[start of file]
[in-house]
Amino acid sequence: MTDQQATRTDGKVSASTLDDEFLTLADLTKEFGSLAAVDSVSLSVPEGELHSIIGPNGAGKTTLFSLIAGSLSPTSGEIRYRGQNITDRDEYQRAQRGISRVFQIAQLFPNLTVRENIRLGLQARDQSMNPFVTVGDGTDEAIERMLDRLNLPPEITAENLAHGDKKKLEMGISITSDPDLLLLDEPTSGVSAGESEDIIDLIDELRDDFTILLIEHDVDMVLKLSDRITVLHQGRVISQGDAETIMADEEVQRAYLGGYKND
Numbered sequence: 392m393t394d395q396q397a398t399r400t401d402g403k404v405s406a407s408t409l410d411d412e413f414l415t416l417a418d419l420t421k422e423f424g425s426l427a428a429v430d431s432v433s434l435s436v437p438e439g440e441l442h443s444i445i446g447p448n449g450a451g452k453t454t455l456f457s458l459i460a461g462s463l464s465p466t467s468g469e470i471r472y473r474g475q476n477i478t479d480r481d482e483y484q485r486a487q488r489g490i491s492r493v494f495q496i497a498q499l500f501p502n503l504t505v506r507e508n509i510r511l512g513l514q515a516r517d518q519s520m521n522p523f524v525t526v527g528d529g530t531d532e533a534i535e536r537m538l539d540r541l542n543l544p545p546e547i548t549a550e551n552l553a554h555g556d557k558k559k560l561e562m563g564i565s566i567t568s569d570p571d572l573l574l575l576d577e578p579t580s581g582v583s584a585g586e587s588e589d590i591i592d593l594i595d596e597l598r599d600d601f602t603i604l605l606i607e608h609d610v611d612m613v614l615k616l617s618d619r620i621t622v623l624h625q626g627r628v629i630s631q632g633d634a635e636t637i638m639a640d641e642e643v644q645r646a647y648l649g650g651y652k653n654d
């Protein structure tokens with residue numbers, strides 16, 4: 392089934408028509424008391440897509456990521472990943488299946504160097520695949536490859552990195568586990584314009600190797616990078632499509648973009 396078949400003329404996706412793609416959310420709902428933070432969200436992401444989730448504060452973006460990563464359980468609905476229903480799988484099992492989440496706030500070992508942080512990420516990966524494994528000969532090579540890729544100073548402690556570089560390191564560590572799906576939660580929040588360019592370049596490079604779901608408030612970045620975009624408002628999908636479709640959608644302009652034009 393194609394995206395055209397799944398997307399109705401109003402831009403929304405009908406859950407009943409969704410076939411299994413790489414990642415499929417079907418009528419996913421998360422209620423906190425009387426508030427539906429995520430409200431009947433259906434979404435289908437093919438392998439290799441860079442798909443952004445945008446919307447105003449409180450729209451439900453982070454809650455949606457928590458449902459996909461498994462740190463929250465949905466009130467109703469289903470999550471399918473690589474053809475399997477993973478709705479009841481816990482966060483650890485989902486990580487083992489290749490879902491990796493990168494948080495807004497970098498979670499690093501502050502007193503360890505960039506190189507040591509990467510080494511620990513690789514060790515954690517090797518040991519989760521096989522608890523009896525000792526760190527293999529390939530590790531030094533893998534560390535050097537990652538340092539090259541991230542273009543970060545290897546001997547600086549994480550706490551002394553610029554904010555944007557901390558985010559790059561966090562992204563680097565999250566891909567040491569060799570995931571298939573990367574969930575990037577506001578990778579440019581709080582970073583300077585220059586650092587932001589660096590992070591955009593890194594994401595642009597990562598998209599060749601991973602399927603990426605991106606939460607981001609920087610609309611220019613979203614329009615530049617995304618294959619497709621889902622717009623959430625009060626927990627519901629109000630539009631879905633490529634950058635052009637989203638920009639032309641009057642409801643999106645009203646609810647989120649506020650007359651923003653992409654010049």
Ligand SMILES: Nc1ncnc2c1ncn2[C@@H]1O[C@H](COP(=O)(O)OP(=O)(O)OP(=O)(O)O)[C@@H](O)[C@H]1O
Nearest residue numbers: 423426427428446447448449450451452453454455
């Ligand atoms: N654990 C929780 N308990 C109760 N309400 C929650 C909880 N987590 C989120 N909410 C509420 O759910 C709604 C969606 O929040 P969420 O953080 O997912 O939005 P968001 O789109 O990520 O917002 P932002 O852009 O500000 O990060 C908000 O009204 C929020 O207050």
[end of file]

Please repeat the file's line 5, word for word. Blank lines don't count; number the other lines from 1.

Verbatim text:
Ligand SMILES: Nc1ncnc2c1ncn2[C@@H]1O[C@H](COP(=O)(O)OP(=O)(O)OP(=O)(O)O)[C@@H](O)[C@H]1O